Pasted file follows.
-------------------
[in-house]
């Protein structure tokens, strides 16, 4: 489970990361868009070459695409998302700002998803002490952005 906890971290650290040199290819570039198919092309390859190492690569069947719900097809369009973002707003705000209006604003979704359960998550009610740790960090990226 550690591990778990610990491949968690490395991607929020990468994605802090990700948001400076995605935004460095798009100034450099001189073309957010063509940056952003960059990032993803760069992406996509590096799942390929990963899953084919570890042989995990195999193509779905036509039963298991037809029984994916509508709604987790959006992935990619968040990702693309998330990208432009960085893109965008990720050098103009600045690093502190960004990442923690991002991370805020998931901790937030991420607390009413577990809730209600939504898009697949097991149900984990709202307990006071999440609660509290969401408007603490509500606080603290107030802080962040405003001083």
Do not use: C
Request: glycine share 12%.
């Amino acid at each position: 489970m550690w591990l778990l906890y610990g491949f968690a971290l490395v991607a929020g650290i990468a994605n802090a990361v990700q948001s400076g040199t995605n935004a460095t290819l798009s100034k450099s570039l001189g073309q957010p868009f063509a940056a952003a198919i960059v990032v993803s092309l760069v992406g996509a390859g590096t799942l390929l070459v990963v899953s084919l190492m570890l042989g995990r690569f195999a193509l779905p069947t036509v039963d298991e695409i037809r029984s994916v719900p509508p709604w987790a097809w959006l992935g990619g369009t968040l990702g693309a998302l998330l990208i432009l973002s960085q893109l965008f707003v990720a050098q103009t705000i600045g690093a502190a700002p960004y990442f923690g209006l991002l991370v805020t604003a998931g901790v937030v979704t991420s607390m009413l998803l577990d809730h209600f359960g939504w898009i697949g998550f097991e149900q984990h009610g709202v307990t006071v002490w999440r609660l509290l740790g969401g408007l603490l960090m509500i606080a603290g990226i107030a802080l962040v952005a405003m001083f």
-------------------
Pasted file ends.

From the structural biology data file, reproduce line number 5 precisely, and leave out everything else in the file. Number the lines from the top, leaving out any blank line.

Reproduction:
């Amino acid at each position: 489970m550690w591990l778990l906890y610990g491949f968690a971290l490395v991607a929020g650290i990468a994605n802090a990361v990700q948001s400076g040199t995605n935004a460095t290819l798009s100034k450099s570039l001189g073309q957010p868009f063509a940056a952003a198919i960059v990032v993803s092309l760069v992406g996509a390859g590096t799942l390929l070459v990963v899953s084919l190492m570890l042989g995990r690569f195999a193509l779905p069947t036509v039963d298991e695409i037809r029984s994916v719900p509508p709604w987790a097809w959006l992935g990619g369009t968040l990702g693309a998302l998330l990208i432009l973002s960085q893109l965008f707003v990720a050098q103009t705000i600045g690093a502190a700002p960004y990442f923690g209006l991002l991370v805020t604003a998931g901790v937030v979704t991420s607390m009413l998803l577990d809730h209600f359960g939504w898009i697949g998550f097991e149900q984990h009610g709202v307990t006071v002490w999440r609660l509290l740790g969401g408007l603490l960090m509500i606080a603290g990226i107030a802080l962040v952005a405003m001083f």